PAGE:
Life at Harold Sparks' diner on Centinela Avenue in Inglewood frequently gets confused with art.
Four years ago, for example, Sparks named his restaurant the Serving Spoon after a diner featured on his favorite television show, the afternoon soap opera "All My Children." A couple of years later, when a patron named Monique Shannon happened into the diner, Sparks successfully pleaded with her to come to work as a waitress. The reason? A Monique also slings hash at the soap-opera diner.
Last week, life and art collided once more at the Serving Spoon. It went something like this:
The dashing Dex Dexter was working on his third slice of pumpkin pie when luscious Amanda Carrington pushed open the door.
"Hello, Dex," she cooed.
"Amanda," Dex breathed.
To a few who witnessed it, the exchange seemed pure schmaltz. To Sparks, whose heroes have long been soap opera stars, it seemed almost Shakespearean. Dex and Amanda, some might know, don't really exist except on "Dynasty," TV's popular prime-time soap opera.
With a couple of hearty servings of his specialty entree, catfish and corn bread, Sparks had lured the producers of the show to his diner and urged them to film Dex and Amanda's rendezvous there. The "Dynasty" producers, persuaded either by the concept or the catfish, decided to make a day of it in Inglewood. And Sparks, 41, seemed determined to bask in the limelight.
"This is amazing, the start of something big," Sparks said to no one in particular while posing for photographs with Michael Nader and Catherine Oxenberg, who portray Dex and Amanda on the show. (Sparks, to the amusement of those around him, never managed to learn the actors' true names, instead addressing them as "Hey, Dex!" or "Hey, Amanda!")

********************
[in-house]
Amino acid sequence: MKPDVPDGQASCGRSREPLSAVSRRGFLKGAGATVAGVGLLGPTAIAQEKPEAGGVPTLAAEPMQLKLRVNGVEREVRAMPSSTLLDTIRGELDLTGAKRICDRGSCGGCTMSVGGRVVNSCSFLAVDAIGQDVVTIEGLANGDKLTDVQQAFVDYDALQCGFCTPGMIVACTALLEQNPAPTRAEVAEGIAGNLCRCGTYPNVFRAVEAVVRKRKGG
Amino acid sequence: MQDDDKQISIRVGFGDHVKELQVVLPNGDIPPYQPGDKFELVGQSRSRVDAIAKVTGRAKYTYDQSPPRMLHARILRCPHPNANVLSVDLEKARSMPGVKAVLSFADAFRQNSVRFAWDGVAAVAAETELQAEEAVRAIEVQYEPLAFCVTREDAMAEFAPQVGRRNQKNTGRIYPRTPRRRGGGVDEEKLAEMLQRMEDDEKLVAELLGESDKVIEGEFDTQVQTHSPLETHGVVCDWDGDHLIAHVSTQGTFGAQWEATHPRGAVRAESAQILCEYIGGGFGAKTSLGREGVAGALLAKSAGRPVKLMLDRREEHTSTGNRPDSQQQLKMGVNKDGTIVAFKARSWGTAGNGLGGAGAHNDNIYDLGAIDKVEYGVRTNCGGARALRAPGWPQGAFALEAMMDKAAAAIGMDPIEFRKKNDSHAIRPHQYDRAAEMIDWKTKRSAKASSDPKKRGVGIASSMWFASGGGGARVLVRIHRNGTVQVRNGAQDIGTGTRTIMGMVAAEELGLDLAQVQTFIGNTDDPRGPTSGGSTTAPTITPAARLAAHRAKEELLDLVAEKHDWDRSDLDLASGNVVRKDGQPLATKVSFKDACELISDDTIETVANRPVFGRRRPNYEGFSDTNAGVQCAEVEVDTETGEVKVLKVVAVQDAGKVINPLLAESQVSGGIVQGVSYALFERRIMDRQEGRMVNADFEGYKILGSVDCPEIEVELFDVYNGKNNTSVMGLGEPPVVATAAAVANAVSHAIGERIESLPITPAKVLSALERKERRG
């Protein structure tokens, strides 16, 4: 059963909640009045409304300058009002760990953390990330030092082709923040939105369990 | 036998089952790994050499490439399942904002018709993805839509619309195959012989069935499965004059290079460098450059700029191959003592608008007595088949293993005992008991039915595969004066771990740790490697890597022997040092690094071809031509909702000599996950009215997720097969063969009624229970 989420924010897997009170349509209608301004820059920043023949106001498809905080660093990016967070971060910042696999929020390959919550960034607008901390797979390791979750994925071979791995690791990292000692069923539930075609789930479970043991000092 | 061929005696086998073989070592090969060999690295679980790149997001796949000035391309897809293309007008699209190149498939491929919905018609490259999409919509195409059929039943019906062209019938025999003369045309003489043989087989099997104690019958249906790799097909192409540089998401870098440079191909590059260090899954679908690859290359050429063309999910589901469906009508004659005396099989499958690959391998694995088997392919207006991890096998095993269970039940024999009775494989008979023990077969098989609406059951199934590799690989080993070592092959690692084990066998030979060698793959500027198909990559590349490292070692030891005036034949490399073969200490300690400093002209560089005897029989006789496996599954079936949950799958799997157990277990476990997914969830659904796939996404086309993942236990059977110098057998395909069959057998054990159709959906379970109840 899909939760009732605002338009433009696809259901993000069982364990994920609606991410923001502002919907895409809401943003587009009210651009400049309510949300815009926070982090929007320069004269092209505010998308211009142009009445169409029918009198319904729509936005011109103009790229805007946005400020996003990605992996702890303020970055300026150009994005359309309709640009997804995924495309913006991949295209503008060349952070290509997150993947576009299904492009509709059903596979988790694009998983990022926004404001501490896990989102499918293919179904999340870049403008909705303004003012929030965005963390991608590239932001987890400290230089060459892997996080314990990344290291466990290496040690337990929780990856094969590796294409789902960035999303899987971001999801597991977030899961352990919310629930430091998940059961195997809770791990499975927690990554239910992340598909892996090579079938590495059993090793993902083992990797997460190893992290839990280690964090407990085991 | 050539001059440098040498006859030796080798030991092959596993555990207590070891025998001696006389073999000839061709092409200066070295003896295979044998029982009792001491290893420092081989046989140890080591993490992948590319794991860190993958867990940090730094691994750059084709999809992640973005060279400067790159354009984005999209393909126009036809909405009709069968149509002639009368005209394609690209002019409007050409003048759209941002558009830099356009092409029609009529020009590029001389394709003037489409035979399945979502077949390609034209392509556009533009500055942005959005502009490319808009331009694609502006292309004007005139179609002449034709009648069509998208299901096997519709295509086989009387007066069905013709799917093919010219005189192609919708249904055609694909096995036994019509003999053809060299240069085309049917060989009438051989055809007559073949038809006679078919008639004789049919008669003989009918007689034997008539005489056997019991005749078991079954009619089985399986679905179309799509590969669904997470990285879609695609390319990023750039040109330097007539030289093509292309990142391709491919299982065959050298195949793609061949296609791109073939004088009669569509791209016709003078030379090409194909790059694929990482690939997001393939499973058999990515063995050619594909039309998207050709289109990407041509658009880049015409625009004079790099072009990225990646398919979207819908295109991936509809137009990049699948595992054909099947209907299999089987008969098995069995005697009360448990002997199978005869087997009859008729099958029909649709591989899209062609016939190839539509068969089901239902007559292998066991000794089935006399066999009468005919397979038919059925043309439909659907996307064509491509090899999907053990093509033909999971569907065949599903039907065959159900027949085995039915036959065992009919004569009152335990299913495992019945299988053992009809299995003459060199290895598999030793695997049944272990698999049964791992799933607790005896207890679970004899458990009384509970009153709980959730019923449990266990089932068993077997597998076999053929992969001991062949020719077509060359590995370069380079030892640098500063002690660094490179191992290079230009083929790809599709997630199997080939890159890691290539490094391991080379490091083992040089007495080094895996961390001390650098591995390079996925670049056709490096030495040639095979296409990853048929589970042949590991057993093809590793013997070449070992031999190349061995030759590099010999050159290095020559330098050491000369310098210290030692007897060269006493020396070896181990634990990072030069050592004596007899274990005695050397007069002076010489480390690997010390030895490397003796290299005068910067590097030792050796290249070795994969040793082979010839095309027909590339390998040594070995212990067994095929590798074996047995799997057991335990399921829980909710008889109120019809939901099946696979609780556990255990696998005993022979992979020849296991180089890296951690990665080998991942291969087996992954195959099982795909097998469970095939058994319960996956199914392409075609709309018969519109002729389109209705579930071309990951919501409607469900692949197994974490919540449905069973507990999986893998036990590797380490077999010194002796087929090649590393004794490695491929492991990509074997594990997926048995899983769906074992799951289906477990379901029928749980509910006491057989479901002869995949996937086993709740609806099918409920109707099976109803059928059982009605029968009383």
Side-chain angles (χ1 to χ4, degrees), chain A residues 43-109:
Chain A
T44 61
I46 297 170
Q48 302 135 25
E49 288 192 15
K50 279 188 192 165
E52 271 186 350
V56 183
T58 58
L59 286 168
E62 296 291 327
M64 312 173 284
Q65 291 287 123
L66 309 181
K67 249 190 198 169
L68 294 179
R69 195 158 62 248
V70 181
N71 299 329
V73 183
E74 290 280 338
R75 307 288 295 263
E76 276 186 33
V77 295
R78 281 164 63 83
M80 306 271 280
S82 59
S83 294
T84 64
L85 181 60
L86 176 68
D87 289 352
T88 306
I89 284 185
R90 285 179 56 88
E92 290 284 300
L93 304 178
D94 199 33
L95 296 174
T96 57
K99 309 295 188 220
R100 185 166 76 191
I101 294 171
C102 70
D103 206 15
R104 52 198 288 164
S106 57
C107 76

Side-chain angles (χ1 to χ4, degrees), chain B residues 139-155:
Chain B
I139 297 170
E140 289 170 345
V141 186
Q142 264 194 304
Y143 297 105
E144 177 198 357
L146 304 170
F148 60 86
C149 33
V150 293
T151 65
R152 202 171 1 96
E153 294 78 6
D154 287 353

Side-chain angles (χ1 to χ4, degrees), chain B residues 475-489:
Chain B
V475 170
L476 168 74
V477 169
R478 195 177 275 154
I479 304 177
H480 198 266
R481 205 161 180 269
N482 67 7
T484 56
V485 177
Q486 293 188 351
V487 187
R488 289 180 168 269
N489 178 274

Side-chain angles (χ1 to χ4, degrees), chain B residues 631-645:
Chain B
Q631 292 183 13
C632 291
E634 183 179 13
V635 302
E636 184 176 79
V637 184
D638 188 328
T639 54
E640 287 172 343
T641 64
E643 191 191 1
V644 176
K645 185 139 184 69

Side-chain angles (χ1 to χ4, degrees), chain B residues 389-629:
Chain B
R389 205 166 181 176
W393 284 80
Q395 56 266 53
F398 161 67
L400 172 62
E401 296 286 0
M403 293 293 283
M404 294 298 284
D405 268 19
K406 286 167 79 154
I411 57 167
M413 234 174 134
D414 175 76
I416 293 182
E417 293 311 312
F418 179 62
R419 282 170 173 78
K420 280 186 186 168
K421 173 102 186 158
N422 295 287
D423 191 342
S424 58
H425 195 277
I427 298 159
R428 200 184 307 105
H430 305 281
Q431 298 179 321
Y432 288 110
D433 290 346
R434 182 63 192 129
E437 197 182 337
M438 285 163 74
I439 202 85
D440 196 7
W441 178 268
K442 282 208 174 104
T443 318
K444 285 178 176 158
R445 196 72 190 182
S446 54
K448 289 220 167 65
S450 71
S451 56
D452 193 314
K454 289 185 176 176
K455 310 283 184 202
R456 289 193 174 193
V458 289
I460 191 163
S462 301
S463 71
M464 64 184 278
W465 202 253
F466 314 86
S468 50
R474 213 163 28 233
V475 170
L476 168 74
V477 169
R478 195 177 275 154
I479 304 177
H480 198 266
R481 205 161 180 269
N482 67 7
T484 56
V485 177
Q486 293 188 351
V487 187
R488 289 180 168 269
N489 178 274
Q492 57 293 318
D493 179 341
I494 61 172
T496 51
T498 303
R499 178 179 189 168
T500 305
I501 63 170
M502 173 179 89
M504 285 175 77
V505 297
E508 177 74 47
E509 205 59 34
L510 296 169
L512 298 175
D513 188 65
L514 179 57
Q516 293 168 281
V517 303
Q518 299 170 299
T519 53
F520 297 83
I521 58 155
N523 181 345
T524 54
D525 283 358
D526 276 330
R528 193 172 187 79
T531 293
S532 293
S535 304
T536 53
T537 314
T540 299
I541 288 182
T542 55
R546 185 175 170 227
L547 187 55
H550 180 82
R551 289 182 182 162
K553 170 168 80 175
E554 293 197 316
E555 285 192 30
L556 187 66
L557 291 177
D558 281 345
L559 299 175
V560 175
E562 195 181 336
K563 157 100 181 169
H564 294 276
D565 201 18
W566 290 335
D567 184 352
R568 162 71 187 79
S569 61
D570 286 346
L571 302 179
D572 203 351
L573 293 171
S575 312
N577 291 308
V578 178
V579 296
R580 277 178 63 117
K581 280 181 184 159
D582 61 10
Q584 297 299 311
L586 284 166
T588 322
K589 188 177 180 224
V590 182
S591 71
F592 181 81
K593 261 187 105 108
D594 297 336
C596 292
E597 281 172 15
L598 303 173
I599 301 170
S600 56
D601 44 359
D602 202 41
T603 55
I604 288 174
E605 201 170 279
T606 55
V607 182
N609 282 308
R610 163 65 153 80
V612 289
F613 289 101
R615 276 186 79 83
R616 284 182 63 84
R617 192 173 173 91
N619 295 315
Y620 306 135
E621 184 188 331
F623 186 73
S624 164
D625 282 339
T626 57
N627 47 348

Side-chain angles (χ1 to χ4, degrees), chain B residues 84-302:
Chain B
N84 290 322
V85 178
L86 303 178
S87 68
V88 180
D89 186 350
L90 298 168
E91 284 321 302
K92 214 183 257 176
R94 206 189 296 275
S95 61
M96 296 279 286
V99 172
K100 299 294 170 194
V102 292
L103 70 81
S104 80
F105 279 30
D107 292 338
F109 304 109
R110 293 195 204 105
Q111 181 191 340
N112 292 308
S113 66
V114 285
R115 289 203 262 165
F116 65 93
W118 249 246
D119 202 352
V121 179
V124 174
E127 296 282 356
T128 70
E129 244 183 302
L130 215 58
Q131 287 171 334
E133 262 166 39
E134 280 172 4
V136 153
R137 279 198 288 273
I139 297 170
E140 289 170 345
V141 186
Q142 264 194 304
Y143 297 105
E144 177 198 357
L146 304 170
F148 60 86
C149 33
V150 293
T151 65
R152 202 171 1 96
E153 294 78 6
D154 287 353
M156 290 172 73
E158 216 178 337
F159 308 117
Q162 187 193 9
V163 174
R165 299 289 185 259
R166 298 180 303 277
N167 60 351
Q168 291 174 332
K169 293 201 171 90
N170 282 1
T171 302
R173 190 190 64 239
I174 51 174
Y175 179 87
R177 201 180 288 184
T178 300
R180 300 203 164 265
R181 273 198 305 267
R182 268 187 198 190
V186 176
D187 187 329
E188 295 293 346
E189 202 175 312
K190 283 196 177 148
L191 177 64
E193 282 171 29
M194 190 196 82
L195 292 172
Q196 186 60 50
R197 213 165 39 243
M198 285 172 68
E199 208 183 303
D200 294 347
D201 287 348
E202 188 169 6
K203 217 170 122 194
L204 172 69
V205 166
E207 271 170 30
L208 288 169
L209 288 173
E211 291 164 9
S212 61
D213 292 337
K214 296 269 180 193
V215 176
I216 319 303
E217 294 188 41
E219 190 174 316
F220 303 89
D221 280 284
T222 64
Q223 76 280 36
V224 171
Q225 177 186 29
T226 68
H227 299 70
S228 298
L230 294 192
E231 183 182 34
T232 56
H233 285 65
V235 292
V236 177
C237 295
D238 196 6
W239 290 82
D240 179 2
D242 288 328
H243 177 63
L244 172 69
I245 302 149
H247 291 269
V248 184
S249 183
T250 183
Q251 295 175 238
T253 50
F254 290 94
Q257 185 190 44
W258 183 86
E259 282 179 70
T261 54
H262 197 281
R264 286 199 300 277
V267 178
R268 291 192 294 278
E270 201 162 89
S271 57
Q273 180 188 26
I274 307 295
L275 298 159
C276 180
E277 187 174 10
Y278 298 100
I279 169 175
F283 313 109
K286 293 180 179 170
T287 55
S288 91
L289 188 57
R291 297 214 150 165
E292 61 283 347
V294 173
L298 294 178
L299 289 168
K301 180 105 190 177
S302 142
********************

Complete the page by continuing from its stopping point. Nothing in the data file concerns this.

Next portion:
Sparks continued: "The Spoon is going to be just like Moldavia. Now everybody is going to know where it is." (Moldavia, "Dynasty" watchers know, was the make-believe setting for the show's season-ending cliffhanger last year.)
Before opening his diner in 1982, Sparks worked 18 years as an auto assembly-line manager in Cincinnati and more recently as a fashion model. He said the filming was arranged largely by chance. Invited by friends, who he said included singers Kenny Rogers and Gladys Knight, to attend the music industry's Grammy Awards last month, Sparks said he was introduced to several "Dynasty" production managers after the show.
"I invited them out to lunch last week, served them some catfish and hinted that the diner would make a great location spot," Sparks said. "I knew then that they liked my catfish, and now I guess you can see what they thought of my idea."
The filming began shortly after dawn at Inglewood Memorial Cemetery, where Blake Carrington, patriarch of the well-heeled fictional clan, paid his respects at the grave of his mother. By midday, about 115 "Dynasty" cast and crew members had crowded into and around the Serving Spoon to film Dex and Amanda's meeting.
For purposes of the show, Sparks' diner was renamed "Ring Number One," situated "somewhere in the Rocky Mountains near a pipeline owned by Dex's oil company," according to the script. It took about five hours to complete the scene, which assistant producer Ursula Alexander said would run about 2 1/2 minutes on the screen.
Alexander said "Dynasty" producers chose Sparks' restaurant because it has the look of a rustic mountain diner. It didn't hurt, she added, that the show had long ago planned to film the scene at the Inglewood cemetery, a couple of blocks away.
When the next morning broke, the lights had been taken away, Dex and Amanda had gone, Ring Number One was once again the Serving Spoon, and Sparks was back behind the counter serving his specialty.
"Dex and Amanda," Sparks boasted, "told me they had never had catfish as good as mine."